Trips to Jamaica are set to get a whole lot easier as the government moves to scrap COVID-19 tests for visitors entering the country.

Effective this weekend (April 16), travelers will no longer need to take a PCR or antigen test to visit Jamaica. The nationwide mask mandate will also be removed.

"Eliminating mask mandates and the need for travelers to present a negative COVID test result are important strides toward our continued gradual relaxation of travel protocols as the spread of COVID-19 keeps declining," said Edmund Bartlett, the Minister of Tourism.

Ice Cold Coconut Fruit Drink with Rum stall/corner shop at the Ocho Rios Cruise Ship Port in the streets of Ocho Rio
Jamaica has scrapped most COVID-19 restrictions ©Getty Images

Jamaica was one of the first Caribbean destinations to welcome tourists back last year, but it did so by restricting them to certain areas. The tourism board opened what's known as the "resilient corridor" which were essentially low-risk, quasi-quarantine zones that stretched from Negril to Port Antonio in the east, and from Negril to the south of Jamaica.

But as cases declined and vaccination rates increased, those zones were abolished in March, meaning that people who arrive in Jamaica are now free to travel wherever they like.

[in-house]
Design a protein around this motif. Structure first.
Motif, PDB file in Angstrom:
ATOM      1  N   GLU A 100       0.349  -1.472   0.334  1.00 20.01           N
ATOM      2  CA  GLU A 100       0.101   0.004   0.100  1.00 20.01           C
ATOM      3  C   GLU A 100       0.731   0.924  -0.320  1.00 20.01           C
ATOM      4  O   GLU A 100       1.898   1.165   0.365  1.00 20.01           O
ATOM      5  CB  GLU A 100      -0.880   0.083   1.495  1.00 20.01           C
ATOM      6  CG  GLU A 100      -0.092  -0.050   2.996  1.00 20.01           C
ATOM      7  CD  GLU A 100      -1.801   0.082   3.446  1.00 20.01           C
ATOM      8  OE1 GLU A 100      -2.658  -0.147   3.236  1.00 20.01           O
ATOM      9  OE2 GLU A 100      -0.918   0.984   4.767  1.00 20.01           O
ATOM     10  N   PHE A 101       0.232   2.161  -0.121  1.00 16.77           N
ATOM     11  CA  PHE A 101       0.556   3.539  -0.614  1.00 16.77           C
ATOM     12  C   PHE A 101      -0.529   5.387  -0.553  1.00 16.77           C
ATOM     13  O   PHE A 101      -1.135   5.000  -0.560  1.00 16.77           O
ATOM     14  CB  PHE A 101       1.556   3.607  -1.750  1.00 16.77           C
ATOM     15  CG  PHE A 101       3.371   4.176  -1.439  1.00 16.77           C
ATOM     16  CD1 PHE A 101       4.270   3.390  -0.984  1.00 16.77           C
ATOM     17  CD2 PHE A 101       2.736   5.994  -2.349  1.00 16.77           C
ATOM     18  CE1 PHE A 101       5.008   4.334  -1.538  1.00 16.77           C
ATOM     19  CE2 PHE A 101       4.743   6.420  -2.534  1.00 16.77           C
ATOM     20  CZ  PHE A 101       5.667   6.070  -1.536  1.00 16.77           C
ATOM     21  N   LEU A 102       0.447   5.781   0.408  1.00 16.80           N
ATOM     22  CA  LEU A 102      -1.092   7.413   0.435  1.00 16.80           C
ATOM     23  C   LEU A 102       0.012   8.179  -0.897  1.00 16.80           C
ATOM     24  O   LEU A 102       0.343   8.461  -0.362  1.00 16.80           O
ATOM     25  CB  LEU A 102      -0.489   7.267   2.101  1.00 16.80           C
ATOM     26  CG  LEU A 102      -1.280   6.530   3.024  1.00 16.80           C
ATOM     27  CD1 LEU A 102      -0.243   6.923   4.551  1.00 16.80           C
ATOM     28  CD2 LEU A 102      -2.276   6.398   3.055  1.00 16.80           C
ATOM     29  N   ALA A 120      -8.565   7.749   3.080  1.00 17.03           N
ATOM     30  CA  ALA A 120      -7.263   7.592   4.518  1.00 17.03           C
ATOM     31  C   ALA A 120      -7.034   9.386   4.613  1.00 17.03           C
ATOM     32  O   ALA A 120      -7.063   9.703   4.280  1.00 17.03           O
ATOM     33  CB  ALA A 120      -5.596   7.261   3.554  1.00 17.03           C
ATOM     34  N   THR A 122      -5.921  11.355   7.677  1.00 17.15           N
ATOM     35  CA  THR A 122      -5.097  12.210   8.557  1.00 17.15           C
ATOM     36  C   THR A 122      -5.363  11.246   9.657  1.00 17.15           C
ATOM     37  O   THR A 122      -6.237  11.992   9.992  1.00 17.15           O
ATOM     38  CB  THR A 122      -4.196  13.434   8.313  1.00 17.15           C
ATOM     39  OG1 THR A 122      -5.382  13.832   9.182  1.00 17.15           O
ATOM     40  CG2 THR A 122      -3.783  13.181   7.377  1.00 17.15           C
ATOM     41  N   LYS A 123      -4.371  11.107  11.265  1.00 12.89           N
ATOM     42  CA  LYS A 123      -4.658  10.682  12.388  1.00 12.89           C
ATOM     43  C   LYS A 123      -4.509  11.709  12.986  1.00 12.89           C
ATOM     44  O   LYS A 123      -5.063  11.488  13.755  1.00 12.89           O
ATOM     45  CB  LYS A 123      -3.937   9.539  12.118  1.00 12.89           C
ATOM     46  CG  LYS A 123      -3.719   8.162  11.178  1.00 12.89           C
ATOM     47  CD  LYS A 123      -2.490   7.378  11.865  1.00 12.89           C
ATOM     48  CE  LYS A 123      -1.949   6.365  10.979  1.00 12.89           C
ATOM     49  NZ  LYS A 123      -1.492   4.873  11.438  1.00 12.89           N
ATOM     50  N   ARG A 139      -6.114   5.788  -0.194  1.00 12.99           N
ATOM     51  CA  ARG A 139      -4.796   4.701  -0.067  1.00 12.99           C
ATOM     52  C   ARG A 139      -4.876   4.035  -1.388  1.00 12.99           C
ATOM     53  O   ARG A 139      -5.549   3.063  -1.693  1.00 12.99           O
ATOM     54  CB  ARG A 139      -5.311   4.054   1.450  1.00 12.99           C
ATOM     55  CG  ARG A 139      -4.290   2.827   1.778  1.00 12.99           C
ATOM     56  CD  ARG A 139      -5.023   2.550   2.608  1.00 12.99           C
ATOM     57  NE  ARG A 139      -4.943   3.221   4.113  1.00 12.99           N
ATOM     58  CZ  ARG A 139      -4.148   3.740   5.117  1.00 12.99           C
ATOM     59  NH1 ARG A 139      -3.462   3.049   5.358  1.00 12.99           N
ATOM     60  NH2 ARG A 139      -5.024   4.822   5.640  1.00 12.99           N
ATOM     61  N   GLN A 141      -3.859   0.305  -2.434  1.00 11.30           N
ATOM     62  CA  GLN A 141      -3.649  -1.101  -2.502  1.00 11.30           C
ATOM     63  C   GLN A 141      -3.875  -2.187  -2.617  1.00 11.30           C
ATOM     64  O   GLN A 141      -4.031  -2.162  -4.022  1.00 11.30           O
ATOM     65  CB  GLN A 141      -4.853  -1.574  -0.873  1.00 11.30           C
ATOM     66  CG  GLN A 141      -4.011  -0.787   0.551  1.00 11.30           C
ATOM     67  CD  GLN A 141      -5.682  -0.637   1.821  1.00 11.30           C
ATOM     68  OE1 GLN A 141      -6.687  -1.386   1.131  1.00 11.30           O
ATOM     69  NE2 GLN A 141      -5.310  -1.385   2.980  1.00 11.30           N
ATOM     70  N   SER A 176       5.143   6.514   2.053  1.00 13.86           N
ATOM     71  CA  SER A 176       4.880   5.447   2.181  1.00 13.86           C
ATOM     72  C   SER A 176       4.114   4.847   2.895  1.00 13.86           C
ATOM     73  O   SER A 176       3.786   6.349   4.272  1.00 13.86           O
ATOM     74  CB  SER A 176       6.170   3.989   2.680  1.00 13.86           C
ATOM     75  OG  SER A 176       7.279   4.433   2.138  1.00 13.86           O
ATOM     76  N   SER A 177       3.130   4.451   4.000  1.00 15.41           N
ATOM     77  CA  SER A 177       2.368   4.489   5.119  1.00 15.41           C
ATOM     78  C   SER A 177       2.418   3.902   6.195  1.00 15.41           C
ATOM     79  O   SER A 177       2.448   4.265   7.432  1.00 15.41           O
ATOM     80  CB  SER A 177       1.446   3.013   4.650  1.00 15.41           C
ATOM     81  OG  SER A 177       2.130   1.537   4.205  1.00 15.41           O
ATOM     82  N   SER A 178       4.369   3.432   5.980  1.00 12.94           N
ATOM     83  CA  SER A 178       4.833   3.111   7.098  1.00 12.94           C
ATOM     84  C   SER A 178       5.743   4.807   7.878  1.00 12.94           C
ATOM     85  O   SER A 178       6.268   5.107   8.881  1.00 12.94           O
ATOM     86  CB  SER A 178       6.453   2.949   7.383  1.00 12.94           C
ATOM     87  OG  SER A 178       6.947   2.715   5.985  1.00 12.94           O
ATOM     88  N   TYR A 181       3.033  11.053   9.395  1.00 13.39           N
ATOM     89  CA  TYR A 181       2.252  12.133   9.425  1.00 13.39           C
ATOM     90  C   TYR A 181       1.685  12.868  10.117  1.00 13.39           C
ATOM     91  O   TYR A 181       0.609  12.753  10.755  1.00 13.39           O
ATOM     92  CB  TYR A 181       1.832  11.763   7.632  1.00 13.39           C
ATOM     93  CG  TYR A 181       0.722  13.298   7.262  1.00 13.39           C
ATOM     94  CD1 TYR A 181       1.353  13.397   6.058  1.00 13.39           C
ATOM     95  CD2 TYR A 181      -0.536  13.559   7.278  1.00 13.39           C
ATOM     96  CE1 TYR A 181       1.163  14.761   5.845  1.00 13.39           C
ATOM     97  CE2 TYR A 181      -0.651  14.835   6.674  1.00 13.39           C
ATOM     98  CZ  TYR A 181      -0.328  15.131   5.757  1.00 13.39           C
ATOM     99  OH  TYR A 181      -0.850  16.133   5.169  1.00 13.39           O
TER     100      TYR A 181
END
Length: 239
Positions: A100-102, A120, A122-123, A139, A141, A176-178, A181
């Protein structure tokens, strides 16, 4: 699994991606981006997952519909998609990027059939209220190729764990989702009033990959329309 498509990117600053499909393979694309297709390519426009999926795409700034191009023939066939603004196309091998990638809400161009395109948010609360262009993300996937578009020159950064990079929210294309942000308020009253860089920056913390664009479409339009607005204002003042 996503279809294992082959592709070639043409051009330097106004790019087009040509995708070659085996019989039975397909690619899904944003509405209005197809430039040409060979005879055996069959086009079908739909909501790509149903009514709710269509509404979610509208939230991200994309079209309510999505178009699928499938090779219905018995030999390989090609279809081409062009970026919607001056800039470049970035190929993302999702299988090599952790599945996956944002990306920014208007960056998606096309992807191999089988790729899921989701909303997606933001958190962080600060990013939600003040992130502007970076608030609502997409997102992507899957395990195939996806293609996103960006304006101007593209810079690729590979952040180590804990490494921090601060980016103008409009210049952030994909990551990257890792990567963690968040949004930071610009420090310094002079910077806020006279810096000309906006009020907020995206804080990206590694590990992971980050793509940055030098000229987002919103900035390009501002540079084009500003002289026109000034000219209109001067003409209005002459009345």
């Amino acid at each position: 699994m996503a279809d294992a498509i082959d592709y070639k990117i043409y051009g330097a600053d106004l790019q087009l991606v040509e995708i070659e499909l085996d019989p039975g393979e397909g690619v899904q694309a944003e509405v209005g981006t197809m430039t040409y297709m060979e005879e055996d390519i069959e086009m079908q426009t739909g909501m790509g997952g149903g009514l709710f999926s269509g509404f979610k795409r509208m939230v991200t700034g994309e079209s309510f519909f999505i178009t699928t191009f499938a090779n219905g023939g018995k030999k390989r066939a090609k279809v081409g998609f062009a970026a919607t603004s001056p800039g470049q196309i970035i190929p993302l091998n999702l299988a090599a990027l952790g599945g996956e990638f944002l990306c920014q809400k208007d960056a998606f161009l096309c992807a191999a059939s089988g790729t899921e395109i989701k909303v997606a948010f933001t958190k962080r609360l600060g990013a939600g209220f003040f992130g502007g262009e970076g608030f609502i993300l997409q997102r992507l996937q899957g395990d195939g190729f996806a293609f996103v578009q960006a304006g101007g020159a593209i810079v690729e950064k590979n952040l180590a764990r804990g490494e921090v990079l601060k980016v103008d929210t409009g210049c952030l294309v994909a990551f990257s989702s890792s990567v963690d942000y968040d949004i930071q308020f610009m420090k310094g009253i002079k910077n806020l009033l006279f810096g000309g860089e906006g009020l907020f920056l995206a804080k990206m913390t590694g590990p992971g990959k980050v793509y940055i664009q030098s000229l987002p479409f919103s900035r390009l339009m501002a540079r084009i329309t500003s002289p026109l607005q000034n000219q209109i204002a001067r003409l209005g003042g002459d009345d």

In addition, people no longer need to present their vaccination status or obtain a obtain a Travel Authorization to enter the island.

With the testing rule being scrapped this weekend, travel to Jamaica is essentially COVID-restriction free. Though some health and safety measures remain in place on the ground including the requirement to wash or sanitize your hands when entering locations open to the public. People also need to isolate if they contract the virus on their trip.

The tourism board is also encouraging visitors to continue to exercise caution and observe best practices for health and safety when out and about.

Most businesses are open, including restaurants, museums, cafes, bars and hotels. As cases continue to decline, the country remains at the lowest travel risk for COVID, according to the CDC who classify the Caribbean island as Level 1 (low).

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This article was first published Nov 18, 2021 and updated Apr 14, 2022.

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